Technology: When Slow Is Fast, and Fast Is Slow

technology

When service-to-sales first started, it involved little more than a tablet and actually seemed to go pretty well. The vehicle arrived, and after greeting the customer and scanning the VIN, the appointment popped up on the tablet and showed the existing customer.

It went downhill from there.

As we scrolled through the series of screens and continued the walk-around on the vehicle, all the way up to the point where the client signed the tablet and was escorted to the lounge, it was a pretty great experience. But to a service advisor, the process just took more time.

True, it did, but the problem wasn’t that it took longer; the problem was that the advisor thought it shouldn’t take longer.

This is where the understanding of technology’s purpose, and not just the introduction of technology, comes in.

Quicker and Better vs. Quicker or Better

Technology has provided all of us with so many advantages and opportunities, and there are more seemingly every second. But at your dealership you need to make sure that the purpose of the technology gets explained to the team before the technology is rolled out.

Let’s break some of these tools into two simple categories of purpose: Engagement and streamlining.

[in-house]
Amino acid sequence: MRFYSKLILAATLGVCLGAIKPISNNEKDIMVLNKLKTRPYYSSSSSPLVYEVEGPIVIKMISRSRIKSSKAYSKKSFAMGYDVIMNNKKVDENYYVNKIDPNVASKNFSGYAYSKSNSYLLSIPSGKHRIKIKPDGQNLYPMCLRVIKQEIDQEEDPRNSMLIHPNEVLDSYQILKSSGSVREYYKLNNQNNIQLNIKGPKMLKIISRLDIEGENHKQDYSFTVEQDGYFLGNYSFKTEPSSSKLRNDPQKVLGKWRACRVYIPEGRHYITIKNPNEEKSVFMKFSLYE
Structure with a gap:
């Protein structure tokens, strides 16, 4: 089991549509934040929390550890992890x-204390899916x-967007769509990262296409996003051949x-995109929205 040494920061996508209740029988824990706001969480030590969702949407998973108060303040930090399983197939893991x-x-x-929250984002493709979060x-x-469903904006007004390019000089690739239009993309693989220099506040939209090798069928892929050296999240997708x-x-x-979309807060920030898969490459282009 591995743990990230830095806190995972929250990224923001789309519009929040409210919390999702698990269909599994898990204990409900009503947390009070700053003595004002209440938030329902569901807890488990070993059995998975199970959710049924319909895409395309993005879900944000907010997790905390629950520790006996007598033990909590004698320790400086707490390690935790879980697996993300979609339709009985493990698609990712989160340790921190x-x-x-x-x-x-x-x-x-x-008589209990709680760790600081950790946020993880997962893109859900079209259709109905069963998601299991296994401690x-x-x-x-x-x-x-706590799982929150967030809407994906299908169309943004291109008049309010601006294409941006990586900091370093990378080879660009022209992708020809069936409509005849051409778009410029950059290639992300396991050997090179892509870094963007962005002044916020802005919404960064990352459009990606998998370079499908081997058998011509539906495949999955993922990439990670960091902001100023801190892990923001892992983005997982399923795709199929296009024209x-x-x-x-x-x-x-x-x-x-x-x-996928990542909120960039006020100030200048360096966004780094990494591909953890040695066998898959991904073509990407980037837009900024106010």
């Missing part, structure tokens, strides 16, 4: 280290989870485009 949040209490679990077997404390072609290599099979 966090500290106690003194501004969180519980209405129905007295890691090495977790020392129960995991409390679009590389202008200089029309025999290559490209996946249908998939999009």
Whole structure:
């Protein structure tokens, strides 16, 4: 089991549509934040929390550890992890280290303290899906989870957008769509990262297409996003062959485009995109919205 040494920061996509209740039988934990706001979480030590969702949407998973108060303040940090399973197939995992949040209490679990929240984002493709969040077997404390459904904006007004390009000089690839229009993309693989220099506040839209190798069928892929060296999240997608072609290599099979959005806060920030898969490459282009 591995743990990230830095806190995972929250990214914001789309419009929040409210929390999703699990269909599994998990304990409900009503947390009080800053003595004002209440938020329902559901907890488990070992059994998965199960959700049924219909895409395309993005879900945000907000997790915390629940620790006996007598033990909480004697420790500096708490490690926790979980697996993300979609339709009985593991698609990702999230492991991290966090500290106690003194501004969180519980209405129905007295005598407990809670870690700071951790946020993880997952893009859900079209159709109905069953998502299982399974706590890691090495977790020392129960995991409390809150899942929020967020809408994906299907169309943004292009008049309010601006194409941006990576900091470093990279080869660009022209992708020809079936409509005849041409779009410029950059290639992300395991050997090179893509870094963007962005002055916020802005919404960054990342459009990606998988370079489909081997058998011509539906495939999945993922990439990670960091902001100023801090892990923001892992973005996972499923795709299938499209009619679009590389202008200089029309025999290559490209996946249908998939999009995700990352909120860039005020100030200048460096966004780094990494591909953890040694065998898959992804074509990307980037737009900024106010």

The tablet that was introduced in the service drive was meant to be an engagement tool. The client is greeted in the service drive and the device allows the advisor to gather and electronically document information and connect with the client at the same time, as well as have the opportunity to examine the vehicle for some basic concerns and perhaps even allow the client to point out some specific repair requests. And of course, it also gives the advisor the chance to make some up-sell recommendations while in the drive.

The tablet also comes into play when we reach the “status report” stage of the process, allowing the advisor to share the findings of the multipoint inspection with the client in a more engaging atmosphere, i.e., without uprooting the client from the lounge to go to the work station, approve the service, and go back to the lounge to wait.

Prior to the tablet introduction: The client comes in and sits at your desk. You get the initial repair or maintenance requests. The client then goes to the lounge. When the MPI results need to be shared, you ask the client to come back to your desk and review the requests, and then after agreement, the client goes back to the lounge.

So actually, your tablet is both an engagement tool and a streamlining tool, especially if additional repair requests are pushed to both the technician and the parts department, and the repair process then continues seamlessly while still engaging with the client.

Another example of a streamlining tool is the electronic version of your multipoint inspection (EMPI) tool. If there is integration between your DMS and EMPI tool, the generation of the repair order automatically populates your dispatch MPI as well as your parts team, so even without the piece of the paper, the process is moving forward. If the additional steps include your technician, he can push MPI results from his work station to the advisor without leaving his work station.